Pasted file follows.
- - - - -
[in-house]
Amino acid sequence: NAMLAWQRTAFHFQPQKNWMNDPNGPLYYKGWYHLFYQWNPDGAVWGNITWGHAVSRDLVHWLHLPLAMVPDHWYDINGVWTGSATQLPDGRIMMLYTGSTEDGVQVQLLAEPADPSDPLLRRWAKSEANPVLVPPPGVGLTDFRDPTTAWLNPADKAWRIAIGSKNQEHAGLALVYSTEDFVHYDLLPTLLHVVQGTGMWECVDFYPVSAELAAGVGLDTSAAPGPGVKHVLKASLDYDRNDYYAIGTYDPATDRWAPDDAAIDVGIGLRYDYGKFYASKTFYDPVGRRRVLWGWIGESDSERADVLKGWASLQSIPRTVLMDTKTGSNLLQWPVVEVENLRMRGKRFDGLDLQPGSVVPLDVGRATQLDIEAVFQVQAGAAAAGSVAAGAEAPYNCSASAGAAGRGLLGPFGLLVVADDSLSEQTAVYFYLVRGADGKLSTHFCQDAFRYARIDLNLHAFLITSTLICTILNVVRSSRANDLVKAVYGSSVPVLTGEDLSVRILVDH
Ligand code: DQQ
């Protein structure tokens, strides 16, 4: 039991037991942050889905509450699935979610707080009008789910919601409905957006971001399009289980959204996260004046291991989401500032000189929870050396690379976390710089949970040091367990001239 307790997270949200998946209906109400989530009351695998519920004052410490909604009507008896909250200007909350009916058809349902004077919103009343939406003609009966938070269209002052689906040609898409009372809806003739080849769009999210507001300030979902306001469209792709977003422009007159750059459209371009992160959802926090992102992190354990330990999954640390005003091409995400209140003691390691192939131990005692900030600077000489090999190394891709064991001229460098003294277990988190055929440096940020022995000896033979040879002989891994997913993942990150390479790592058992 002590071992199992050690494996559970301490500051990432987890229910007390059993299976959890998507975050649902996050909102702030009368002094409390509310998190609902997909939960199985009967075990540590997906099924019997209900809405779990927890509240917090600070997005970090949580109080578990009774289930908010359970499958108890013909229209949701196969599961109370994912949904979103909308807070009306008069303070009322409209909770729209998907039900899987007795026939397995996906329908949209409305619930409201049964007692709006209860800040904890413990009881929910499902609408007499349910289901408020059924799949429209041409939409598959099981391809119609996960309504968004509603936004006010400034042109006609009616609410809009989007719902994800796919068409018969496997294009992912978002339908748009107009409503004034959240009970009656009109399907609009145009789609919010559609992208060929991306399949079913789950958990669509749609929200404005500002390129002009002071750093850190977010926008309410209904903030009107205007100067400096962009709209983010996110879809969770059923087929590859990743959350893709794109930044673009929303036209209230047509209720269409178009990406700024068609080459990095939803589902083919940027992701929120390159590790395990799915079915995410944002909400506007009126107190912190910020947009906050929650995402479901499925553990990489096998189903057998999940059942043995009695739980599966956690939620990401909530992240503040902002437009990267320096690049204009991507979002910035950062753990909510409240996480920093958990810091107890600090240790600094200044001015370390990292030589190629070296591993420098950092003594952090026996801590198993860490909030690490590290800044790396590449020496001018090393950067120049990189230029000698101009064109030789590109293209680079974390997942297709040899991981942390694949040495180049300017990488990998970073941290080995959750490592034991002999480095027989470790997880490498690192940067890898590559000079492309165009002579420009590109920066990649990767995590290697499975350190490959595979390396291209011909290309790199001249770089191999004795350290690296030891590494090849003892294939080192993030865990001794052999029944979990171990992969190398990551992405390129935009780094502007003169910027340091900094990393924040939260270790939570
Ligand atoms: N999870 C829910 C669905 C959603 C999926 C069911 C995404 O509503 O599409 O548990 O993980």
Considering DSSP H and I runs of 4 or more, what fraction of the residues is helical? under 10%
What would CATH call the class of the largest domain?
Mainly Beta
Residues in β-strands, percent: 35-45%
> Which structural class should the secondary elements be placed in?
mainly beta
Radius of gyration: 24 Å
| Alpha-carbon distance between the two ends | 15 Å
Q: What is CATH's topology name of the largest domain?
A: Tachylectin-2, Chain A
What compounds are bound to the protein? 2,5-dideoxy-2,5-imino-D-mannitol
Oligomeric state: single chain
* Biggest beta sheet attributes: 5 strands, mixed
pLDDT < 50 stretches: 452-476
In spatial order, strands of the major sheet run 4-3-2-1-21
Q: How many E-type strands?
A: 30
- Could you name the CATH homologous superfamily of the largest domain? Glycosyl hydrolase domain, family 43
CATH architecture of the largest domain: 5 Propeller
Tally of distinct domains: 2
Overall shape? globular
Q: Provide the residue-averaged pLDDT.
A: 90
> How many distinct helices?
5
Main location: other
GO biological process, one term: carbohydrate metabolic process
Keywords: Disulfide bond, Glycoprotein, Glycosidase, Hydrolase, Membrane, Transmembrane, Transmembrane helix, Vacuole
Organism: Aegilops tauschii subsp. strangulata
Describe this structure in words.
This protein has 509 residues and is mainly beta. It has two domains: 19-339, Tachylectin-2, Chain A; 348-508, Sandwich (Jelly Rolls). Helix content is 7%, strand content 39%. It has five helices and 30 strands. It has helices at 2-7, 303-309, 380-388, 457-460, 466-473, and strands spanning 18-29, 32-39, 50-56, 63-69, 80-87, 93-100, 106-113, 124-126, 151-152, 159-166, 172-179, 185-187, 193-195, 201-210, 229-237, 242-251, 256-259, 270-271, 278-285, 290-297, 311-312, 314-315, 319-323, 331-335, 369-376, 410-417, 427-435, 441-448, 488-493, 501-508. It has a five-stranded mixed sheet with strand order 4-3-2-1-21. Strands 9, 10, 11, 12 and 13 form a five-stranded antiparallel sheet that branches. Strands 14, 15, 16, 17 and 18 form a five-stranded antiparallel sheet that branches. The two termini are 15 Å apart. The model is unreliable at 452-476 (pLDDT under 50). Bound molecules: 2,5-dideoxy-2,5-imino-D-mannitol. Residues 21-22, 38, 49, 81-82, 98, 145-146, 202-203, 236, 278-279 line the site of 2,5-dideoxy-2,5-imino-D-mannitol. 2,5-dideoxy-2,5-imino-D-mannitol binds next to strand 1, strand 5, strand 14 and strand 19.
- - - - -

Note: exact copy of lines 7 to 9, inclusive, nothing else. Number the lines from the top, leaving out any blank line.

What would CATH call the class of the largest domain?
Mainly Beta
Residues in β-strands, percent: 35-45%